Choosing The Right Agent - Why Taking The Highest Valuation Could Prove Costly

Valuing your property - Trinity Sales Wakefield

You hear it all the time. Sellers typically get three agents round to value their property. They each value the property based on the facts open to them and present this to the seller. Surely they should all come up with the same figure or at least very similar figures? If only it were true...

Unfortunately not all agents value a property based on hard facts, like recent sold price comparables of similar properties. What's more, not all sellers want to hear their property valued based on sold price comparables. Sellers want to hear the estate agent tell them the value they have in their head. Which of course may be different to what the market is actually willing to pay at that moment in time.

This leaves agents in a difficult position. Do they:

a) Value a property based on hard facts and risk offending a potential client if they think it's worth more? Or

b) Play safe and give a slightly optimistic valuation which they may or may not actually achieve but which is more likely to please the client?

This causes an ethical dilemma for the agent. Either they value a property based on their own research and local knowledge and potentially risk losing the instruction, or they value the property with rose tinted glasses and risk having a property that doesn't sell and an unhappy client.

Estate agents have a very powerful tool in their armoury to protect them against the risk of no sale. The sole agency contract. The sole agency contract is used as the standard method of client instruction in the industry. It gives an agent a set period of time where they can sell a property without risk of losing a client to a rival or the client backing out and selling without them. Generally this is 12 weeks (At Trinity it's 6 weeks) but I have seen contracts which tie in customers for 6 months plus!!!

Because of this agents have developed a system that wins instructions and generally still gets the sales. And it works like this:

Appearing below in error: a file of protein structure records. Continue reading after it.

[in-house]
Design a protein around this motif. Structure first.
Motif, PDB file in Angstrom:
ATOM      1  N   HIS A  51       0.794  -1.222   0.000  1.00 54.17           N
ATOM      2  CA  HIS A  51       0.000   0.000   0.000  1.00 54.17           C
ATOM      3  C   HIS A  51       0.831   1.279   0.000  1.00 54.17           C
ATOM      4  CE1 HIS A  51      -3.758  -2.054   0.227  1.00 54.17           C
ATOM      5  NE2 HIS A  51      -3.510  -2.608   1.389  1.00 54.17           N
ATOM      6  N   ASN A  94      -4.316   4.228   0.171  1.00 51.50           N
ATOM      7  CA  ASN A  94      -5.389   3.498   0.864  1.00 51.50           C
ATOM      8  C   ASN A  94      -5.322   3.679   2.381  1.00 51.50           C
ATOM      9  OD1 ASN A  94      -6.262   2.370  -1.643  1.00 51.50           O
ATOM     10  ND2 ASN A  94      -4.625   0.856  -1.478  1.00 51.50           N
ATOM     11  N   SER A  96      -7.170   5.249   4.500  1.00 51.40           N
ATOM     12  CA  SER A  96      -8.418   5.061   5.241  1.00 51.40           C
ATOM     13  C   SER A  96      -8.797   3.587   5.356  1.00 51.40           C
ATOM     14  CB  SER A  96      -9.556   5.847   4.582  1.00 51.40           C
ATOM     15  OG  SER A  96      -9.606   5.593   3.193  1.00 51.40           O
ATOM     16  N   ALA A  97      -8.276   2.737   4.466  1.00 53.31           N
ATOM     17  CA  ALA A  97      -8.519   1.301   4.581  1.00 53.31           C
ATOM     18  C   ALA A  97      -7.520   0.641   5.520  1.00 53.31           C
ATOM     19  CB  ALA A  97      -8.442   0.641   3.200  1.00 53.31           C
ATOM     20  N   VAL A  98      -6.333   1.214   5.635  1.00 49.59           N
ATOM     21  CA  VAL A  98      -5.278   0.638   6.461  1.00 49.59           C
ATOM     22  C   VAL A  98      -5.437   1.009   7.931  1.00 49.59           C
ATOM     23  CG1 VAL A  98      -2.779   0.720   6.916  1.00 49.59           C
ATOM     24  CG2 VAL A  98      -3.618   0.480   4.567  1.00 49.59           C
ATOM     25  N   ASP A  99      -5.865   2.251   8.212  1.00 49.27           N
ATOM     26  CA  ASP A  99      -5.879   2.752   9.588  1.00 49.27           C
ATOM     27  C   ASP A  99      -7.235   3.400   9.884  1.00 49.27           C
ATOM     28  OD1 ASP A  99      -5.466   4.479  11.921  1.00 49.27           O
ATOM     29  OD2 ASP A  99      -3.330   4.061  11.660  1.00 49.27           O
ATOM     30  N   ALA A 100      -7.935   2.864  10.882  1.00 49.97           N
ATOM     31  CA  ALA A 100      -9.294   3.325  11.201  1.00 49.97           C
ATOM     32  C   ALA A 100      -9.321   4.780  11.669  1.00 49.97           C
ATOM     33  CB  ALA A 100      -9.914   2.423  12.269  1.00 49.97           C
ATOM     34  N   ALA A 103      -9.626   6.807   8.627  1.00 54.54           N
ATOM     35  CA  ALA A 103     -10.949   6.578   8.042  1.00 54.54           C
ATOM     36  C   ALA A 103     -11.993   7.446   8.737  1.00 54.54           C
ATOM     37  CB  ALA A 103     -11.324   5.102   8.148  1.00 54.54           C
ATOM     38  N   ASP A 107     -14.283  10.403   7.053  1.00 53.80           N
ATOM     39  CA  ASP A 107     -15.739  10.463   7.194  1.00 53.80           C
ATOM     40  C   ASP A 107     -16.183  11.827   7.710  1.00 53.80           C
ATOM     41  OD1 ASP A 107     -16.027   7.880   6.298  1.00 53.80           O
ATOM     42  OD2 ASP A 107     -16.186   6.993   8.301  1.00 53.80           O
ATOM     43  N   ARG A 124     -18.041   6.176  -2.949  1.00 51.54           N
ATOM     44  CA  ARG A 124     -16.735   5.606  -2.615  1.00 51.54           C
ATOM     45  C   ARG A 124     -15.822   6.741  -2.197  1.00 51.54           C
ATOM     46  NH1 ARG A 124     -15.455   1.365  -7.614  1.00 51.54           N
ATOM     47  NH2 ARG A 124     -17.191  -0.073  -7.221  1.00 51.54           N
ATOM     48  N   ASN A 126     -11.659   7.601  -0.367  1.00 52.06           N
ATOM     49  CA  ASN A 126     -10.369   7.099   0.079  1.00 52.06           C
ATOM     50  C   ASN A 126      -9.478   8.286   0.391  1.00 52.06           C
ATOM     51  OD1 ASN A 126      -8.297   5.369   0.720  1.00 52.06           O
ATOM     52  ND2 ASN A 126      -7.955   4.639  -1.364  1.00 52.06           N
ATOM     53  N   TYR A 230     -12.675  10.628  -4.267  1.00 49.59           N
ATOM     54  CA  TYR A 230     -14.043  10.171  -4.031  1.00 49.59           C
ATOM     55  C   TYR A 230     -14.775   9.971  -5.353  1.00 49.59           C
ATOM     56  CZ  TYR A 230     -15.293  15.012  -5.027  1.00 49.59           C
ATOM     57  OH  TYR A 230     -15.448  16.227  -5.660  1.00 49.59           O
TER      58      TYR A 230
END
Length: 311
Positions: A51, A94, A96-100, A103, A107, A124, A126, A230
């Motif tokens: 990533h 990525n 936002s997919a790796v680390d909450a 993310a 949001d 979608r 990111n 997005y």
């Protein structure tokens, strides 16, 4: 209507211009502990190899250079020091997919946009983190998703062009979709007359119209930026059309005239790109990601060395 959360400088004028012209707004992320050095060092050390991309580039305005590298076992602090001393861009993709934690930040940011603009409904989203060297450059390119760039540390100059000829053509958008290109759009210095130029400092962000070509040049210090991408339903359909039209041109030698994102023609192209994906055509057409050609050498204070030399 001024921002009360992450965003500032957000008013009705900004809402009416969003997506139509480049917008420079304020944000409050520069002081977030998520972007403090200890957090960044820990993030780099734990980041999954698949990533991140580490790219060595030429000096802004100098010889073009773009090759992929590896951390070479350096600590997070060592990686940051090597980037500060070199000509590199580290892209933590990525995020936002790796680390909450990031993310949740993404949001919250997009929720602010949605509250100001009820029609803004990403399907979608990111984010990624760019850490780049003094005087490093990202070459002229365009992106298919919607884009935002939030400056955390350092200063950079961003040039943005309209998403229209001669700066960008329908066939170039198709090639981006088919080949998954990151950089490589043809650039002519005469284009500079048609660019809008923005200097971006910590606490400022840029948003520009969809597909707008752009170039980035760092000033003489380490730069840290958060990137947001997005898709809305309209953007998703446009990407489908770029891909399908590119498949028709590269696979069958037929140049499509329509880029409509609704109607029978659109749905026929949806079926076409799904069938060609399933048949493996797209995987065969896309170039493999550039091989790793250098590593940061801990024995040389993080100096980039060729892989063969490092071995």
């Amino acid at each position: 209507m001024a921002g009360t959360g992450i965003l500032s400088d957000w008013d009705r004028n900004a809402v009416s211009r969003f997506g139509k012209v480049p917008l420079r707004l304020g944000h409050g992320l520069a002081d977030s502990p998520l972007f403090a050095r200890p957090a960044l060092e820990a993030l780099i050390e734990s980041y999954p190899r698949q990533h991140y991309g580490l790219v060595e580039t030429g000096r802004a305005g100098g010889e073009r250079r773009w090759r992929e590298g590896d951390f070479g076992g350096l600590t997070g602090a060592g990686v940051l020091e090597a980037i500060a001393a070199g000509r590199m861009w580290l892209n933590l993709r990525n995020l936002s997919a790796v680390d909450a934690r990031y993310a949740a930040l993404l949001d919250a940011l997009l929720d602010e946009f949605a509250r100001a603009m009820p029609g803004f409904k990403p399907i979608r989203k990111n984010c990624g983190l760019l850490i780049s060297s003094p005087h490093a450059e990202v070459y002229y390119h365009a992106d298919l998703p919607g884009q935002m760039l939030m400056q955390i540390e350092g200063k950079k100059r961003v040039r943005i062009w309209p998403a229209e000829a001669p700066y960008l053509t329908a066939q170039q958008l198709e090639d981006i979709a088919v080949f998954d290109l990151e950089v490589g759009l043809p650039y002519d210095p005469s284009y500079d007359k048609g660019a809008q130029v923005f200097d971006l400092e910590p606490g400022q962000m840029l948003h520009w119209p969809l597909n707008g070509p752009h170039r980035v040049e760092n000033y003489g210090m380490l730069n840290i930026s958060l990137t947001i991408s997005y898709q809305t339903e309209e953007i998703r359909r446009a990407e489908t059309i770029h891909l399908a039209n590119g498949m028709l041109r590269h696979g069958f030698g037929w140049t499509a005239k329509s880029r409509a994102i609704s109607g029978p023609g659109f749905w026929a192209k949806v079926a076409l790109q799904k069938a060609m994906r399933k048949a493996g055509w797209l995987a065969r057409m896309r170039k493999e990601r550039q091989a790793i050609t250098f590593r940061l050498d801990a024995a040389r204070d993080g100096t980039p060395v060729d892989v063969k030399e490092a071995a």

• Estate agents know they stand more chance of winning seller instructions by telling clients what they want to hear, i.e. a sales valuation which is on the optimistic side.
  • Agents know that it's very difficult for a seller to resist going with a higher valuation. It's rational for people to want to go with the agent who seems to be promising them the most money. Many agents therefore give optimistic valuations.
  • Once the seller signs the agent's sole agency agreement they have typically a 12 week period to sell the client's house and get their fee before the contract expires.
  • For the first 8 weeks there is not much pressure on the agent to deliver viewings and offers for the seller as they still have 4 weeks of safety left to agree a sale.
  • If a sale has not been agreed with 4 weeks to go, you'll likely start receiving contact from your agent suggesting that you lower the price. Agents know after 8 weeks of limited interest you're more likely to say yes as you are more desperate than you were 8 weeks prior.
  • Come the end of the minimum period the agent has either;
    Not delivered a sale, but has had the benefit of another property on their books and another for sale board for 12 weeks
    Delivered a sale typically significantly lower than their initial valuation and they still get their fee.

You can start to see why estate agents have such a bad reputation.

Now, we're not saying all agents do this, or that other agents never achieve full asking price offers for their clients in the first few weeks of marketing. And in fact, the above model is arguably perfectly suitable for sellers who are looking to upsize/downsize and are in no immediate need to sell, as it gives the seller the best chance to maximise the sale price and they haven't lost out.

However, for those persons who NEED TO SELL, using this model can be catastrophic. Why:

  1. It takes the average agent 14 weeks to agree a sale using this system (Rightmove).
    Not to mention the time to actually complete which still needs to be added.
  2. You could actually receive less than you should. Buyers now can see, using sites like Zoopla, exactly when a property was first listed, when it was dropped in price and by how much. All this is ammunition to buyers which makes them more inclined to put even lower offers in. Why? Because you're looking more and more desperate to sell.
  3. For properties which are empty or the client is paying an unaffordably high mortgage, the client suffers needless added financial hardship.

    We don't agree that this is right or justified. That's why at Trinity we have developed a system of selling property that removes these problems. To learn how it works please call and arrange your own free seller appraisal today.

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Published on 09 October 2014

Source Dominic Woodward

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